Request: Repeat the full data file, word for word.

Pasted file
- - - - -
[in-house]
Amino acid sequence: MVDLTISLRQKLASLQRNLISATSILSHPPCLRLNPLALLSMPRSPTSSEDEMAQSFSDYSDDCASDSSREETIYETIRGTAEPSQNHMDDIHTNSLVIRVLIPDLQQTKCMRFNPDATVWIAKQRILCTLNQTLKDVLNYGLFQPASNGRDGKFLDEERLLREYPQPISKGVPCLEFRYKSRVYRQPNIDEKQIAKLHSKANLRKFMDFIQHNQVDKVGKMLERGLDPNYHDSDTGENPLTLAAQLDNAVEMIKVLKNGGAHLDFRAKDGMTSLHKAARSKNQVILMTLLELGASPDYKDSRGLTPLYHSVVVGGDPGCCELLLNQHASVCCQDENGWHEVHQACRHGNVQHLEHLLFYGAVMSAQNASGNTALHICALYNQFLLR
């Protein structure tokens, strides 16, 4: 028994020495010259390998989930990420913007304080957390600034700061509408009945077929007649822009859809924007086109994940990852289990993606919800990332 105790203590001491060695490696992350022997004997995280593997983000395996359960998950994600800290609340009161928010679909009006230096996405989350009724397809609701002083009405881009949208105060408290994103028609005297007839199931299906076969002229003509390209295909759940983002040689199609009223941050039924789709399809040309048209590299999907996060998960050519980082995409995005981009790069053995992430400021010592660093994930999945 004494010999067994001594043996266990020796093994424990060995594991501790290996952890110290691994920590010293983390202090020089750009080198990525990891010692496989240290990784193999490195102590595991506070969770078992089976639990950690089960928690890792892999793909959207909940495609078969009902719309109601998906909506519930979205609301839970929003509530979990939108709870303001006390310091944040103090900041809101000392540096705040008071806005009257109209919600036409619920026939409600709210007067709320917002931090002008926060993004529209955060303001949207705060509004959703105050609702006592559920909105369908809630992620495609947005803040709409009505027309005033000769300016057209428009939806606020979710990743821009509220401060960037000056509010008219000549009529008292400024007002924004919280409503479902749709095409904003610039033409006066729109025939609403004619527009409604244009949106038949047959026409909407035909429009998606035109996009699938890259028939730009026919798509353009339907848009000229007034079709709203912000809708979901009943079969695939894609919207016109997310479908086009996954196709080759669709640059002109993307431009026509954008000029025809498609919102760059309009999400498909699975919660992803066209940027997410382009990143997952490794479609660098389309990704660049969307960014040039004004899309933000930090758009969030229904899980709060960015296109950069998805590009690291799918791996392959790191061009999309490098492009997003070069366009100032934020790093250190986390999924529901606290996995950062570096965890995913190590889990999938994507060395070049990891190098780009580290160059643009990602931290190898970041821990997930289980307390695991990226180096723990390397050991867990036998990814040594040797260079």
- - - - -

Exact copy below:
[in-house]
Amino acid sequence: MVDLTISLRQKLASLQRNLISATSILSHPPCLRLNPLALLSMPRSPTSSEDEMAQSFSDYSDDCASDSSREETIYETIRGTAEPSQNHMDDIHTNSLVIRVLIPDLQQTKCMRFNPDATVWIAKQRILCTLNQTLKDVLNYGLFQPASNGRDGKFLDEERLLREYPQPISKGVPCLEFRYKSRVYRQPNIDEKQIAKLHSKANLRKFMDFIQHNQVDKVGKMLERGLDPNYHDSDTGENPLTLAAQLDNAVEMIKVLKNGGAHLDFRAKDGMTSLHKAARSKNQVILMTLLELGASPDYKDSRGLTPLYHSVVVGGDPGCCELLLNQHASVCCQDENGWHEVHQACRHGNVQHLEHLLFYGAVMSAQNASGNTALHICALYNQFLLR
């Protein structure tokens, strides 16, 4: 028994020495010259390998989930990420913007304080957390600034700061509408009945077929007649822009859809924007086109994940990852289990993606919800990332 105790203590001491060695490696992350022997004997995280593997983000395996359960998950994600800290609340009161928010679909009006230096996405989350009724397809609701002083009405881009949208105060408290994103028609005297007839199931299906076969002229003509390209295909759940983002040689199609009223941050039924789709399809040309048209590299999907996060998960050519980082995409995005981009790069053995992430400021010592660093994930999945 004494010999067994001594043996266990020796093994424990060995594991501790290996952890110290691994920590010293983390202090020089750009080198990525990891010692496989240290990784193999490195102590595991506070969770078992089976639990950690089960928690890792892999793909959207909940495609078969009902719309109601998906909506519930979205609301839970929003509530979990939108709870303001006390310091944040103090900041809101000392540096705040008071806005009257109209919600036409619920026939409600709210007067709320917002931090002008926060993004529209955060303001949207705060509004959703105050609702006592559920909105369908809630992620495609947005803040709409009505027309005033000769300016057209428009939806606020979710990743821009509220401060960037000056509010008219000549009529008292400024007002924004919280409503479902749709095409904003610039033409006066729109025939609403004619527009409604244009949106038949047959026409909407035909429009998606035109996009699938890259028939730009026919798509353009339907848009000229007034079709709203912000809708979901009943079969695939894609919207016109997310479908086009996954196709080759669709640059002109993307431009026509954008000029025809498609919102760059309009999400498909699975919660992803066209940027997410382009990143997952490794479609660098389309990704660049969307960014040039004004899309933000930090758009969030229904899980709060960015296109950069998805590009690291799918791996392959790191061009999309490098492009997003070069366009100032934020790093250190986390999924529901606290996995950062570096965890995913190590889990999938994507060395070049990891190098780009580290160059643009990602931290190898970041821990997930289980307390695991990226180096723990390397050991867990036998990814040594040797260079």